Yet, undaunted, and in spite of never having owned a mountain bike, Paul Howard signed up. Battling the worst weather for generations, drinking whiskey with a cowboy and singing karaoke with the locals, Howard’s journey turned into more than just a race – it became the adventure of a lifetime.

Two Wheels on my Wagon: A Bicycle Adventure in the Wild West

French Revolutions: Cycling the Tour de France by Tim Moore

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Seduced by the speed and glamour of the biggest annual sporting event in the world, and determined to tackle the most fearsome physical challenge outside classical mythology, Moore, the ultimate amateur, attempts to complete all 3,630km of the 2000 Tour in the weeks before the professionals set off.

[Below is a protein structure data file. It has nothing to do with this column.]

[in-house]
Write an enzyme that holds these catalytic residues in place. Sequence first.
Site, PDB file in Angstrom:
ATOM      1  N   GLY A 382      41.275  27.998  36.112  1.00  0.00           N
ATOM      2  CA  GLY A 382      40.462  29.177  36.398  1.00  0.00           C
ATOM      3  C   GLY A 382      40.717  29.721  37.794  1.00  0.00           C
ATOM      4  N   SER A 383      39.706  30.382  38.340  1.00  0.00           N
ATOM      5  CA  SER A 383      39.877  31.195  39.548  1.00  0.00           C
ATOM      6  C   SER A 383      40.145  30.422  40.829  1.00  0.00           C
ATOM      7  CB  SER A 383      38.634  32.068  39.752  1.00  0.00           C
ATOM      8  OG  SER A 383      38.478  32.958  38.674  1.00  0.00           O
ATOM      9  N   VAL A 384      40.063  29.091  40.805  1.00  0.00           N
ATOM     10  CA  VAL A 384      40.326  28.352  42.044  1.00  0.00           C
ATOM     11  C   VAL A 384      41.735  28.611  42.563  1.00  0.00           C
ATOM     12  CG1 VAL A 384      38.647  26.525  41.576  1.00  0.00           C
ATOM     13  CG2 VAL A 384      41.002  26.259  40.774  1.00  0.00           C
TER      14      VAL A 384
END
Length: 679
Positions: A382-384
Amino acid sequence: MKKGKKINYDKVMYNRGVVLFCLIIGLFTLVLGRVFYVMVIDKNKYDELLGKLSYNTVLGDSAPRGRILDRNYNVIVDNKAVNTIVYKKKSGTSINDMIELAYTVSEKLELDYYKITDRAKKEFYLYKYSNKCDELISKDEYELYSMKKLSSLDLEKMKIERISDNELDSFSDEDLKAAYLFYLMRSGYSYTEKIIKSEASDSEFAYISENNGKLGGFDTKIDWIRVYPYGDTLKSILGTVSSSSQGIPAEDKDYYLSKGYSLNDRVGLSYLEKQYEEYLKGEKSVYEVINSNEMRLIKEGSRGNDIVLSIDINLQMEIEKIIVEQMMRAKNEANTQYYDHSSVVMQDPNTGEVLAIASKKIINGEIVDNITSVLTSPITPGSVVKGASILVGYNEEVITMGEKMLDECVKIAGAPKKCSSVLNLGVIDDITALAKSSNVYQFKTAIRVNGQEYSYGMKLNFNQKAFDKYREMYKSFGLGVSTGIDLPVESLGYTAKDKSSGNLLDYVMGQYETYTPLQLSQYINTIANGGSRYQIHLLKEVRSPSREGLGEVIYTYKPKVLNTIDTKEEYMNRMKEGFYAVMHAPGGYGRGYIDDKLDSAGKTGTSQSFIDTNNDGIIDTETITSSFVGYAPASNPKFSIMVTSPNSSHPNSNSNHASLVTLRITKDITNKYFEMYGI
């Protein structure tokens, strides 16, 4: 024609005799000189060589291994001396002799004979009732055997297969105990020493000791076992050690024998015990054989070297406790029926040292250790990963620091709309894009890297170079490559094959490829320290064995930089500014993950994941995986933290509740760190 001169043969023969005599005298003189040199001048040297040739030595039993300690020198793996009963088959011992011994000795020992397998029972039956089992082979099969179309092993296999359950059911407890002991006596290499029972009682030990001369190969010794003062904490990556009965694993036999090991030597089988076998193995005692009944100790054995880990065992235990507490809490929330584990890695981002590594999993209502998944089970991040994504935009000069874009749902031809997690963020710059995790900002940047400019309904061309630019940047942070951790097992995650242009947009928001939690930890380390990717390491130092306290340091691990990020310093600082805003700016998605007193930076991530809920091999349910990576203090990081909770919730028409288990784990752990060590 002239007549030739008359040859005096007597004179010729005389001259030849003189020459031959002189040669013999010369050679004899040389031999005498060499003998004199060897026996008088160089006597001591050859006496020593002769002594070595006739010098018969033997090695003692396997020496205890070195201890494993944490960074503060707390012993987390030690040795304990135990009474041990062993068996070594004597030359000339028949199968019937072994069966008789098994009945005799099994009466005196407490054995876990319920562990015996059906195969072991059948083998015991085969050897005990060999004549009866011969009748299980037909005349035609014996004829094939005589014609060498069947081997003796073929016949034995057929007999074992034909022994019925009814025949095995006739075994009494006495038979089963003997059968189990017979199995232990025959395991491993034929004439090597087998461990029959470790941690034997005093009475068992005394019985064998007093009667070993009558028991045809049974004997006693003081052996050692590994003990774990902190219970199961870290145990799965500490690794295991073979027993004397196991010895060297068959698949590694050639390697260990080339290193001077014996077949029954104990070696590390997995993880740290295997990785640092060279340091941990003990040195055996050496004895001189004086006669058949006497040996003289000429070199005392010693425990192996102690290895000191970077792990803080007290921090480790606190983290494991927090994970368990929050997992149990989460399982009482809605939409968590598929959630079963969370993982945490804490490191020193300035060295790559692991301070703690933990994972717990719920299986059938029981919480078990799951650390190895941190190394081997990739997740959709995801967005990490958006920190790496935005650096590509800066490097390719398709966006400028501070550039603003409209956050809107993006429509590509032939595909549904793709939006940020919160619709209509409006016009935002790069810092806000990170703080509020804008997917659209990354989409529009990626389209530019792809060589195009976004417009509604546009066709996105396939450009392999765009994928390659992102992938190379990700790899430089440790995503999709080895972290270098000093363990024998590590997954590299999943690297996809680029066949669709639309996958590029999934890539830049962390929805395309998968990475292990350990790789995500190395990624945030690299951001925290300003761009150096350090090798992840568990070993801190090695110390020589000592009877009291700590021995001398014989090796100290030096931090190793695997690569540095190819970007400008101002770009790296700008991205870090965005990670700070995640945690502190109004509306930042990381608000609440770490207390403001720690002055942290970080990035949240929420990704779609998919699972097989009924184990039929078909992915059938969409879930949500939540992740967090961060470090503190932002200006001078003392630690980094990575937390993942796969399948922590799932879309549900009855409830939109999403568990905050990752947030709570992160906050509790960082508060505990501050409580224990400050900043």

Battling it out with the old men on butchers’ bikes across the plains of Aquitaine and pursued by cattle over Europe’s second highest road, Moore soon finds himself resorting to narcotic assistance, systematic overeating and waxed legs before summoning a support vehicle staffed by cruelly sceptical family and friends. Accounts of his suffering and chicanery, and those encountered in the race’s epic history, are interwoven through a look at rural France busy tarting itself up for those 15 seconds of fame as the Tour careers through at 50kph. An heroic depiction of an inadequate man’s attempt to achieve the unachievable, Moore’s Tour is a tale of calorific excess, ludicrous clothing and intimate discomfort.

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The Man Who Cycled the Americas by Mark Beaumont